Hello? Hello? Where you from? Is it really that bad?
Admin - Apr 05 2015
One issue that comes up again and again from teachers that are in Korea is the issue of people coming up to them on the street and wanting to practice their English. For some teachers this is a source of constant frustration. “I’m not a walking dictionary”, one teacher put it to me. However, I’d like to raise the issue of whether or not this is really something to get bent out of shape over.
We all have days when we just want to be left alone. And you are going to stand out in Korea, particularly if you teach in a rural area. If you are going to teach in the countryside, be prepared to stand out. Those teachers in the countryside will know exactly what I mean. Teachers in the bigger cities will be able to be a bit more invisible, but there will still be days when you get attention while walking down the street and for many teachers this extra attention sends them over the top.
One thing that happens with great regularity in Korea, is a group of kids shouting out ‘hello’ or some other English expression. It’s usually the upper elementary and middle school kids that do this and it’s usually accompanied by giggling. Now this is the point where a lot of teachers get angry. On one message board, a teacher mentioned telling these middle school kids to f**k off and gave them the finger.
I’ve seen this very issue debated on message boards with one side arguing that it’s offensive and the other side arguing that they are just trying to practice.
I’d like to suggest that when teachers feel themselves getting frustrated by the “hello kids”, they keep in mind the following tips:
1) Remember they are just kids: I think this is a key point. Telling kids to f*** off or showing them the finger only makes the teacher look bad. We all have our days where we feel frustrated and have had enough of Korea, but showing it in public like that only makes the situation worse. These are kids and sometimes kids want to get a reaction from you. By giving them one, you are only increasing the likelihood of it happening again. If you feel frustrated or tired and really don’t want to answer, the best solution is to walk away and say nothing.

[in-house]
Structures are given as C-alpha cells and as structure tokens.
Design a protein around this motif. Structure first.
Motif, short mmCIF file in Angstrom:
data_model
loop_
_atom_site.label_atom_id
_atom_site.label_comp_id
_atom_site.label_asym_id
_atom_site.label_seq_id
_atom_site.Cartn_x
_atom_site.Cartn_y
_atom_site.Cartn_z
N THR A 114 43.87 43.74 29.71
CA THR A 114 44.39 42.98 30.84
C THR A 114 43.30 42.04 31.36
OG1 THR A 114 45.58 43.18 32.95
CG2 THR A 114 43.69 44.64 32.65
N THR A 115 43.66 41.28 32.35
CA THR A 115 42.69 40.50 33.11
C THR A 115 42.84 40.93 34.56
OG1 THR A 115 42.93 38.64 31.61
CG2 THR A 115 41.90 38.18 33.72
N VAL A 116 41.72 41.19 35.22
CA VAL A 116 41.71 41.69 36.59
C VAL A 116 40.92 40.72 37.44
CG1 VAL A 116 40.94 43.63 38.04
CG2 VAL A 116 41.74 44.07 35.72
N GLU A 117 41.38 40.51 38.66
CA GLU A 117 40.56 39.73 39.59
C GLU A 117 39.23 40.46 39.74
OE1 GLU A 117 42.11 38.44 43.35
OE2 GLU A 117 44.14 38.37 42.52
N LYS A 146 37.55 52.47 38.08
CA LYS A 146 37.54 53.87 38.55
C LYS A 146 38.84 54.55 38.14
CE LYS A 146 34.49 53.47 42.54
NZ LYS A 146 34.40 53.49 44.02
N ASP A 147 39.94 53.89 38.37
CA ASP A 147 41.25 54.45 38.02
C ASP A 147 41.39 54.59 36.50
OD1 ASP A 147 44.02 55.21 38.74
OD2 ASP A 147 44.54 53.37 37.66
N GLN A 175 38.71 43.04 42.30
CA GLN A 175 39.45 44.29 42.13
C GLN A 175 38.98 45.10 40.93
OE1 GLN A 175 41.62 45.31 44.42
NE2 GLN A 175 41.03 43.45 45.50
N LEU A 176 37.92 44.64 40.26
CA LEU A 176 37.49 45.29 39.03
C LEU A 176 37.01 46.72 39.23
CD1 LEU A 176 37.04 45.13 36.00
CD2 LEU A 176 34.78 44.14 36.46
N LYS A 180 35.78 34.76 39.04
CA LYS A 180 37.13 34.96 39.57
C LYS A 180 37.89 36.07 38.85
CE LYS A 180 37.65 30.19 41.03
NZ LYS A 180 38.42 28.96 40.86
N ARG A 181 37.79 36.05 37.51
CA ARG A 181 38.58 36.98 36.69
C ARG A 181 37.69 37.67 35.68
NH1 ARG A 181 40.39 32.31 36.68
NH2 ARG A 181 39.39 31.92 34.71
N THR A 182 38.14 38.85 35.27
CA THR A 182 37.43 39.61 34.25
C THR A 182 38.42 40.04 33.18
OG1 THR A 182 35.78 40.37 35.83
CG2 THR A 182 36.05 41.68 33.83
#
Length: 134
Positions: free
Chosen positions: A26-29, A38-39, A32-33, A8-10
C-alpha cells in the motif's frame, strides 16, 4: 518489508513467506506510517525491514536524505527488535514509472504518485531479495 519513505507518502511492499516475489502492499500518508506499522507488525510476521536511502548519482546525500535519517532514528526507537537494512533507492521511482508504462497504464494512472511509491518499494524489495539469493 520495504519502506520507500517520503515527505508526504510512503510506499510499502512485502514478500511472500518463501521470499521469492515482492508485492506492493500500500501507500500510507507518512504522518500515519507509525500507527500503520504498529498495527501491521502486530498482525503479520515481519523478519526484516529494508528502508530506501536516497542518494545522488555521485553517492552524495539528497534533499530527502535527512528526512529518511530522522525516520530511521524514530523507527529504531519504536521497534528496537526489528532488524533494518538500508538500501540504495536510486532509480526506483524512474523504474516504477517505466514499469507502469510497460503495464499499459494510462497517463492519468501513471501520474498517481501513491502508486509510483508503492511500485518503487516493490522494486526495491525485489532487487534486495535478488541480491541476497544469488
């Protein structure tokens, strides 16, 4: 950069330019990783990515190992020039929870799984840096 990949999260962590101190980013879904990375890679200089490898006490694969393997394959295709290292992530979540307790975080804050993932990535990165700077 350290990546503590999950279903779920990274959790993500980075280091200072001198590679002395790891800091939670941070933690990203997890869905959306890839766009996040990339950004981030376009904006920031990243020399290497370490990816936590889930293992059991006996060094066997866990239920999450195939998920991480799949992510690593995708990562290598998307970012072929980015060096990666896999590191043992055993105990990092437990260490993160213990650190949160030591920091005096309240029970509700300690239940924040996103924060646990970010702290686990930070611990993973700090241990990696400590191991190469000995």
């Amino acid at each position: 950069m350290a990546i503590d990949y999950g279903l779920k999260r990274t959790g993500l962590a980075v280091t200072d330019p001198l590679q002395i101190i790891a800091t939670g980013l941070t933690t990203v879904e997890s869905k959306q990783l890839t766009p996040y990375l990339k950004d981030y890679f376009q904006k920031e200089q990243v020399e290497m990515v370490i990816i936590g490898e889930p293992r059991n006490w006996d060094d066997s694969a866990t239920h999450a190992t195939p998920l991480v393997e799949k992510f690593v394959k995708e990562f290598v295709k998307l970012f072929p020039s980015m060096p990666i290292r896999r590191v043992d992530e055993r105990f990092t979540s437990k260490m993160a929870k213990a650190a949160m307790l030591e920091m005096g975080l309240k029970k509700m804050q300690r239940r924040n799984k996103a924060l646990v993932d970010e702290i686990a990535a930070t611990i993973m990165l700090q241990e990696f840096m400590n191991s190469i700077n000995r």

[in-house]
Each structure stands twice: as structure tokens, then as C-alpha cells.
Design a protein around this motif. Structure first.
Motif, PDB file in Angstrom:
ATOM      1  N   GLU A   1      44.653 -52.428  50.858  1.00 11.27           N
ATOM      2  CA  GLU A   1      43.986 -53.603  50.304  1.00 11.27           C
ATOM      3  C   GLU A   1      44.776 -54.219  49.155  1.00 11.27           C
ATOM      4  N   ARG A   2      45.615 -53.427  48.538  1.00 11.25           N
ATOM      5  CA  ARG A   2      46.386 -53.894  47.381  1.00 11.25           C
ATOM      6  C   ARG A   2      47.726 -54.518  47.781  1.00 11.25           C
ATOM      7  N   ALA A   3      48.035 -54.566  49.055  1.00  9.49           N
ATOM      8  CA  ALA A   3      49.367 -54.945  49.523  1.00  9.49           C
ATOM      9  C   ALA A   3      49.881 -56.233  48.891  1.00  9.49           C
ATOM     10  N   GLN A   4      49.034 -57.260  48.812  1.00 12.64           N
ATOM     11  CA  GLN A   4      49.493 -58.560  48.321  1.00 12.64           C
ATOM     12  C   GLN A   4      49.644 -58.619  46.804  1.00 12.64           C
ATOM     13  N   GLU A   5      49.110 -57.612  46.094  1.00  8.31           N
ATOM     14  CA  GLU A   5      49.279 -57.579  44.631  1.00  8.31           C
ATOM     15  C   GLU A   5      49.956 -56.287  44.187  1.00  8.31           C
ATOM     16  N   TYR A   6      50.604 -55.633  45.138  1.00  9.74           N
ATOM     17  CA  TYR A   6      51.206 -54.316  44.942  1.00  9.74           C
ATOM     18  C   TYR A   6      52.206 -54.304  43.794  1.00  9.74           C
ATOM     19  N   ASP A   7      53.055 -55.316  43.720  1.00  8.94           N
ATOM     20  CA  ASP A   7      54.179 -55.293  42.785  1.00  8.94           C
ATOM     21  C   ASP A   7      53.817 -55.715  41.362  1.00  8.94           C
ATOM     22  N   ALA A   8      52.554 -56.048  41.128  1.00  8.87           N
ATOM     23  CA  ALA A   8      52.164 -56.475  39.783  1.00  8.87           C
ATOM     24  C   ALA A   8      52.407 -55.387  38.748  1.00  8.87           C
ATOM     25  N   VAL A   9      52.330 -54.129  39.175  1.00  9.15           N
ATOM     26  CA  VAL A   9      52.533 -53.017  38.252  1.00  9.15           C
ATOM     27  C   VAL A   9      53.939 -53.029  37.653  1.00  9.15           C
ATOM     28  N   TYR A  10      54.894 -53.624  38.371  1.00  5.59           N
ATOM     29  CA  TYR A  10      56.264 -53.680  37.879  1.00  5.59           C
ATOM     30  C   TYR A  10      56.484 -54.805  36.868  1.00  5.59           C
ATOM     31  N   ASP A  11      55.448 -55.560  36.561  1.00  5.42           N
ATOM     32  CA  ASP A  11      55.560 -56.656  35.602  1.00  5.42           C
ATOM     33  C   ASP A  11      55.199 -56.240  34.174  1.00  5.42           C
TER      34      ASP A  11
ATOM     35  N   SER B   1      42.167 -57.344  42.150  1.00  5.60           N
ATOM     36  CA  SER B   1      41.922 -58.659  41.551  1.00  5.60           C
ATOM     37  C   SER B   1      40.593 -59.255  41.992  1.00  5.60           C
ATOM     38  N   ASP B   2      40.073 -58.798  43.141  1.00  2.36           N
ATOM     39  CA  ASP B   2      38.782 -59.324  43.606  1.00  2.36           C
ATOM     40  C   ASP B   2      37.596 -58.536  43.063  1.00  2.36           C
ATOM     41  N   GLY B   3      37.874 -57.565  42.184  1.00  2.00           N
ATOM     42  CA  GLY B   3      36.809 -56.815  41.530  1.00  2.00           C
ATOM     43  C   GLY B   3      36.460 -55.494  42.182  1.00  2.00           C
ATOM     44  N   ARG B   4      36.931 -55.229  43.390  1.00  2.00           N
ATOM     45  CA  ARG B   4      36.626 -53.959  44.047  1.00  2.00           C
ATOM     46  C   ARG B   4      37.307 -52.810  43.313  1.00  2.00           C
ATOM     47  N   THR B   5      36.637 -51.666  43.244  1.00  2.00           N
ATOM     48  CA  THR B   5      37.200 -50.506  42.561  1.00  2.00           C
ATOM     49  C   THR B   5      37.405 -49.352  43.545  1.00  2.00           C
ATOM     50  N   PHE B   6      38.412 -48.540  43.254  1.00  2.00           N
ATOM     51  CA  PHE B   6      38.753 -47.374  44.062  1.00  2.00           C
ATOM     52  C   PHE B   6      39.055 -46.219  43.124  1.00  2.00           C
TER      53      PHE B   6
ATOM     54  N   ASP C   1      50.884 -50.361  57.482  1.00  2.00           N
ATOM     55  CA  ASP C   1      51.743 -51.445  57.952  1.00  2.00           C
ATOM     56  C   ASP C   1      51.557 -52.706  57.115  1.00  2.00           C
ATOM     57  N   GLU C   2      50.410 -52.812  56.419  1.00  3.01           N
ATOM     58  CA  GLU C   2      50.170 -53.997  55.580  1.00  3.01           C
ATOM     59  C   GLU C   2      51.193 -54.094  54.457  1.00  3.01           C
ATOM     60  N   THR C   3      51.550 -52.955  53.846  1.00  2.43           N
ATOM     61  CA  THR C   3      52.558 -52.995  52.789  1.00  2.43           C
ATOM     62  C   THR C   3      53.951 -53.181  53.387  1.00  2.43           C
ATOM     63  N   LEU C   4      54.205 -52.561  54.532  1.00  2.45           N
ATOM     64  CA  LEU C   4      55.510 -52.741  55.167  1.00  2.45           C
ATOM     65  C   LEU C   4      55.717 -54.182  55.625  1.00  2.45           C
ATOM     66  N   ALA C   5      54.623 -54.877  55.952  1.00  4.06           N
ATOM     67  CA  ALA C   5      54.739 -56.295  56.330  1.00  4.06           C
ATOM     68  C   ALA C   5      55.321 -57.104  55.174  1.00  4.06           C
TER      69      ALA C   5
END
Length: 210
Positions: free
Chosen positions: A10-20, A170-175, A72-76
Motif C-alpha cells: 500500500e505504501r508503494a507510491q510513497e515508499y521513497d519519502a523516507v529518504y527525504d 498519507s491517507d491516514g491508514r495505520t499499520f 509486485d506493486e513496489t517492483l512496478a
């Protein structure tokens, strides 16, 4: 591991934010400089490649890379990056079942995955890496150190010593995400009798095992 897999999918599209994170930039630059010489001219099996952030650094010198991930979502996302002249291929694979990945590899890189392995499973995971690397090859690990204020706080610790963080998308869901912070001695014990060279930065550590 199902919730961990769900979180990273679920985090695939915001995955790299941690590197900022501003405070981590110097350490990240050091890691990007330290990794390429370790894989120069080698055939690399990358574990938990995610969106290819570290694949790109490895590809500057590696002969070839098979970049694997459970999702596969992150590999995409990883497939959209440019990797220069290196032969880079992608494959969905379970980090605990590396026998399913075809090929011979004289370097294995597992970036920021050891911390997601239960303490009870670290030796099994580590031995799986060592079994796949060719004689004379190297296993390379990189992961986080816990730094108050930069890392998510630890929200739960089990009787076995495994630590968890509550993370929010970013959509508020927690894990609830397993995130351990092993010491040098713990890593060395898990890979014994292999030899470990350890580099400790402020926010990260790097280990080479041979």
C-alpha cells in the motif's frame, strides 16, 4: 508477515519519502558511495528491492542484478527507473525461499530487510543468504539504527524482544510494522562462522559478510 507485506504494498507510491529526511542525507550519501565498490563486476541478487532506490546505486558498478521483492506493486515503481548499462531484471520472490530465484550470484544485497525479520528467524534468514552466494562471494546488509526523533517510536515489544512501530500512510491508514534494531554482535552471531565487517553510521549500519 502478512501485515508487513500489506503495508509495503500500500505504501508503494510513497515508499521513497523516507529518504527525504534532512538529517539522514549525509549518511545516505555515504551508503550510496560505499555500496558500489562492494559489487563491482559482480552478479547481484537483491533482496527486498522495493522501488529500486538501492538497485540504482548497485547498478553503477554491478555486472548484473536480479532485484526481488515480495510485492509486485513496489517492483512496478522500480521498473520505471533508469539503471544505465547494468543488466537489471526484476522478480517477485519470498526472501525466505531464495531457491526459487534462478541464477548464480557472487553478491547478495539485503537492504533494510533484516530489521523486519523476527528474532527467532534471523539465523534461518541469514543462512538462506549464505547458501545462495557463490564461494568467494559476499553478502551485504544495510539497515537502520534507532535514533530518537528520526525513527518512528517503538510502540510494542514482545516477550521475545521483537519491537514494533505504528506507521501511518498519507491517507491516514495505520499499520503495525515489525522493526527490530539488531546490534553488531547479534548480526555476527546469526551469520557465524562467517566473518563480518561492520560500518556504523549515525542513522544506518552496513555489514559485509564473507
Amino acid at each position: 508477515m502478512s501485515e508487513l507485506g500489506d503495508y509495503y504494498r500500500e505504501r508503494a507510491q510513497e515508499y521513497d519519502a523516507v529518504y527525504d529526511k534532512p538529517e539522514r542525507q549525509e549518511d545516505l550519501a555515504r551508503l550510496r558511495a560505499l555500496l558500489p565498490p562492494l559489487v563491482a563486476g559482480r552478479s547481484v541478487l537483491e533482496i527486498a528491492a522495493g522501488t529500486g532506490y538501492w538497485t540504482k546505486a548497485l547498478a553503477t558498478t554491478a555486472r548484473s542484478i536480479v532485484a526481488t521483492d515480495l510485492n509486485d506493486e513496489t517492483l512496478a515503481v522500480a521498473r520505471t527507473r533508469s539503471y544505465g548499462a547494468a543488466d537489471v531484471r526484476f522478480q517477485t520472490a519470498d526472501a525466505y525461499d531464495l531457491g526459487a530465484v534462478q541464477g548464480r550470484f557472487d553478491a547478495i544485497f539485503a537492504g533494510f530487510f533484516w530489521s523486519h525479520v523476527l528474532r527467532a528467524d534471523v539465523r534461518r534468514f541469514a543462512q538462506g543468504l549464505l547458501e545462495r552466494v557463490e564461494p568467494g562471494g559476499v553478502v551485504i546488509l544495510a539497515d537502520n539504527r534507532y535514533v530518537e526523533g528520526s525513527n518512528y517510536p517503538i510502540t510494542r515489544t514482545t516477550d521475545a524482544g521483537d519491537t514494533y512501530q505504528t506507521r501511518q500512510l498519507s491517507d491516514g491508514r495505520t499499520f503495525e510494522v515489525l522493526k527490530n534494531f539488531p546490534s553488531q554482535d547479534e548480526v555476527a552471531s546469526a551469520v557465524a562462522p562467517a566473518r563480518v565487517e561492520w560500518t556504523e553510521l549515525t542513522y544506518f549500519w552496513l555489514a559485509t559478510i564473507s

2) Talk to them: Sometimes that is exactly what these kids don’t want – to have to speak English. In many cases, they shout out one or two English expressions, but they aren’t expecting to actually have to use English. When they ask a question, answer it and give them a question back. If their English is good, they may appreciate a moment of your time and if their English is not good and they cannot answer your question, they may be less likely to shout English at you the next time.
3) Just tell them directly: In some cases, you may simply want to be left alone. In those cases just tell the person, but again, be nice about it. On that subway ride home at the end of the day, it can be annoying to have someone want a conversation when you are trying to read your book. In such a case, simply tell them you’re tired and wish to be alone. (If they don’t understand that, you might be in for a few more questions though). if the person persists, get up and move to another car.
In the years I lived in Korea, the “hello” kids were probably number one source of frustration among teachers. I knew teachers that would completely lose their mind when this happened and I didn’t fully get why.
How about other teachers? Does this frustrate you? How do you handle it?
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